This is an experience, it became a story. It also became a new approach to my New Year goal.
Last Saturday morning I woke up shivering under three layers of blankets. A cold sweat created a breeze under the covers. My icy feet reached out for a warm spot under my husband’s leg. He didn’t move. He didn’t take the hint that there was a problem. Finally, I dragged myself out of bed and checked the thermostat. The outside temperature was 13 degrees, the thermostat was set for 71 degrees, but the actual temperature in the house was 65. It’s a big house. Our bedroom hangs out over open air above a patio. Our room was even colder than what registered on the thermostat. It took a few seconds for me to wake up and face the fact that the furnace was not working.
I shook off nightmares of frozen pipes and expensive emergency calls to a repairman. If we had to, we could turn all faucets to drip and go to my son, Dan’s, house. Ralph continued in deep sleep. He had been fighting a sinus infection and I hated to wake him. “O.K. I’m an intelligent person. It’s not my area of expertise but I can do something about this. I don’t need my husband to rescue me.”
First thing: do we have fuel getting to the house from the buried propane tank under our lawn? It was possible that the line was frozen. We live in a somewhat remote subdivision which is not connected to a natural gas utility. It was also possible, though unlikely, that Suburban Propane had failed to top off the tank in the fall as contracted. “Ah, yes, I can check for supply line problems and warm up the bedroom and living room by turning on the two fireplaces.” Sure enough, they both worked, and warmed me up in minutes. We wouldn’t have to flee the house anytime soon.
Next: Hooray! Ralph woke up and started trouble shooting. Our HVAC is no ordinary forced air system similar to what we’ve had in the past. It’s a high-end sophisticated heat pump system. For the last three winters, that system has worked and we didn’t worry about understanding it even though we had questions. Now we had to get answers. The complex thermostat was sending messages that were completely foreign to us. After a couple of hours of Ralph scratching his head, I realized that the mystery wasn’t getting solved. The body language, the muttering to himself, telegraphed “Don’t leave me alone with this one.” Neither of us had the energy to take on the task. But I had a little more than he did. I opened my laptop and started searching the internet.
What is aux. heat? What is E-heat. Why does the heat pump keep turning off. What kind of auxiliary heat do we have? Electric or propane. After a half hour of study, I felt that I had a grip on how it all worked.
Here’s a basic outline. A heat pump is an energy efficient way to cool and heat a house. It moves heat from one place to another rather than producing heat. However when outdoor temperatures become too cold for the system to keep up, then the heat pump calls on an auxiliary source to take over heating. The aux heat kicks in automatically as needed to supplement a lagging heat pump overly taxed by below freezing temperatures. In some homes those heat sources are electric, in some they are fuel burning: natural gas or propane or oil. E-heat (emergency heat) is a setting you can choose to use if your heat pump breaks down or if you want to feel toastier air flowing out of your vents. A heat pump doesn’t produce a hot blast of air from the vents. It maintains a comfortable balance as it draws air from outside and extracts heat for heating and cooling.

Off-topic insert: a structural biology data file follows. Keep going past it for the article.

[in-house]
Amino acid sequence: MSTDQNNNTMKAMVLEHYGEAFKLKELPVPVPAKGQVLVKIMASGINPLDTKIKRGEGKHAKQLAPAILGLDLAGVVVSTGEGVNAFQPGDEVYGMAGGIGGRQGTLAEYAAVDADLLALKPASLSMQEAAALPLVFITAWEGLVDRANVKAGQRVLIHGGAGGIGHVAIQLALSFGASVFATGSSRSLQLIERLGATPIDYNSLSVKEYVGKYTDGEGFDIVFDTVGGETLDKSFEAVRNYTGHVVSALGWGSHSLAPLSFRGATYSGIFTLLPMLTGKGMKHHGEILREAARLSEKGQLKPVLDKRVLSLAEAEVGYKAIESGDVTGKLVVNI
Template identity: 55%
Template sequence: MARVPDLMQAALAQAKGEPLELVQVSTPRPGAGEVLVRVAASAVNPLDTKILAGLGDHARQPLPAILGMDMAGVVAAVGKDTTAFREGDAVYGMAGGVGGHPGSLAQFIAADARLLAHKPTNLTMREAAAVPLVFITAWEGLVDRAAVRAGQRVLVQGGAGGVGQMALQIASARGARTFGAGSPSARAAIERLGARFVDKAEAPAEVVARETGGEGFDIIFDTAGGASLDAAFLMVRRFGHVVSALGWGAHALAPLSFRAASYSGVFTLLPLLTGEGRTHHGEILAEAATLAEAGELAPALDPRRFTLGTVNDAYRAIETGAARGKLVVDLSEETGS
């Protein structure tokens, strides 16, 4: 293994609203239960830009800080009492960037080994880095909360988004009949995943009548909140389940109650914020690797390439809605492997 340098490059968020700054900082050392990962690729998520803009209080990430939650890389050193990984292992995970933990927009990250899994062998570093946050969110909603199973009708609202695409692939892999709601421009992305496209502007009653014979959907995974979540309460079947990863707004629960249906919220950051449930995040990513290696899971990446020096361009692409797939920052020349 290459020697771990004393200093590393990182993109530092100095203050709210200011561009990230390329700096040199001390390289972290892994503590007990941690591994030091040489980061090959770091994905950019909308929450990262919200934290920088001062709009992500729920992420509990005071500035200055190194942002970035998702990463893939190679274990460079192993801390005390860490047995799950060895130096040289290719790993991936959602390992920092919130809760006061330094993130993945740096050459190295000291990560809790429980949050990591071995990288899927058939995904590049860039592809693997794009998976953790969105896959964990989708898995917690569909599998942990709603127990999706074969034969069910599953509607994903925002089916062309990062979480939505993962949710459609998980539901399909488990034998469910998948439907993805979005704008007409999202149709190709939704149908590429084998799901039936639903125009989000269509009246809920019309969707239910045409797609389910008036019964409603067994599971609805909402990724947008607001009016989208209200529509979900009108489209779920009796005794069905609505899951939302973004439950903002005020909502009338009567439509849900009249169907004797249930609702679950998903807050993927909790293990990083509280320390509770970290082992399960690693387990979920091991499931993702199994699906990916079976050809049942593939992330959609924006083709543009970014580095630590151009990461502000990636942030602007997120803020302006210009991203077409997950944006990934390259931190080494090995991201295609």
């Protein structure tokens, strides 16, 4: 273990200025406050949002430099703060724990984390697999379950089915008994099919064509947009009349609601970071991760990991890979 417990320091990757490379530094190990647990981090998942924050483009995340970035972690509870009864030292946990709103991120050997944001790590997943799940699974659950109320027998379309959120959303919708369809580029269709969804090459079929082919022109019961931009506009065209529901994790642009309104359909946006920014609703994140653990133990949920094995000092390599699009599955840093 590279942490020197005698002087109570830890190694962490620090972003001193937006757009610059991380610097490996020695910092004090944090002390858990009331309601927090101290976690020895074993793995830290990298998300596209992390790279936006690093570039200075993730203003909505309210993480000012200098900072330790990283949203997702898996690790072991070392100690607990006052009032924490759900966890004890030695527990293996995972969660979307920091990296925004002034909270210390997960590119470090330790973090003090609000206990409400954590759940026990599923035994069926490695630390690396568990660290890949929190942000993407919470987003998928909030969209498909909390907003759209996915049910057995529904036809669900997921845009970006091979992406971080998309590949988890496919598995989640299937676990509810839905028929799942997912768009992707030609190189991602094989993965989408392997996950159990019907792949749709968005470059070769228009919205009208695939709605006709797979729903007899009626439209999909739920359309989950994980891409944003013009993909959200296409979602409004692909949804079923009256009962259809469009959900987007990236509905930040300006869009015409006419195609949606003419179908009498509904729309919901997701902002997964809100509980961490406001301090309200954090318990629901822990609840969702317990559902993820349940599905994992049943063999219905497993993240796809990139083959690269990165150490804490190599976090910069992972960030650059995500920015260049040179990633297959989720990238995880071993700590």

We managed to keep our house warm over the weekend by babying our system and using the fireplaces. On Tuesday, we called in an expert. By this time, we knew a few things that he didn’t. We knew we had a propane furnace and a heat pump. We knew we had a complex electronic control panel. We didn’t know how to get these components back on track. The tech explained that our propane furnace is the auxiliary/emergency heat and that the malfunction was in the propane furnace, not the heat pump. Water was dripping from a vent pipe leading from the furnace burners up to the roof. Once the dripping water was blocked by a piece of sheet metal the system fired up. No new parts necessary. Once the snow on the roof melts we will check the vent chimney for damage. We now understand how that system works and where things can go wrong. It’s no longer scary. I am more fully acquainted with the living breathing house-creature that I live in. Dispelling my ignorance empowers me and removes fears.
And that is my story for this week. A story that gave me a novel idea for my New Year’s goal. I am going to create new experiences for myself by studying and becoming more acquainted with one subject every month. I will take my experience with those subjects and share them as stories. Stories I hope that will empower me and those that I share them with.
A story is never just a story. Experiences become stories when we mine them for knowledge, insight, and wisdom and then share them. Other people’s stories become our experiences giving us greater empathy, compassion, and self-knowledge. We don’t always have to tell someone “here is the moral of the story.” Many stories are better simply relayed without spelling out the message. But there will always be a message even if it isn’t the one the author supposed.
This year, I want to save and share stories: small, simple, and hopefully enjoyable.
One thought on “STORY POWER 2016: from experience to story and back again”
Very insightful! Helps me understand how solving problems of any kind requires study and understanding!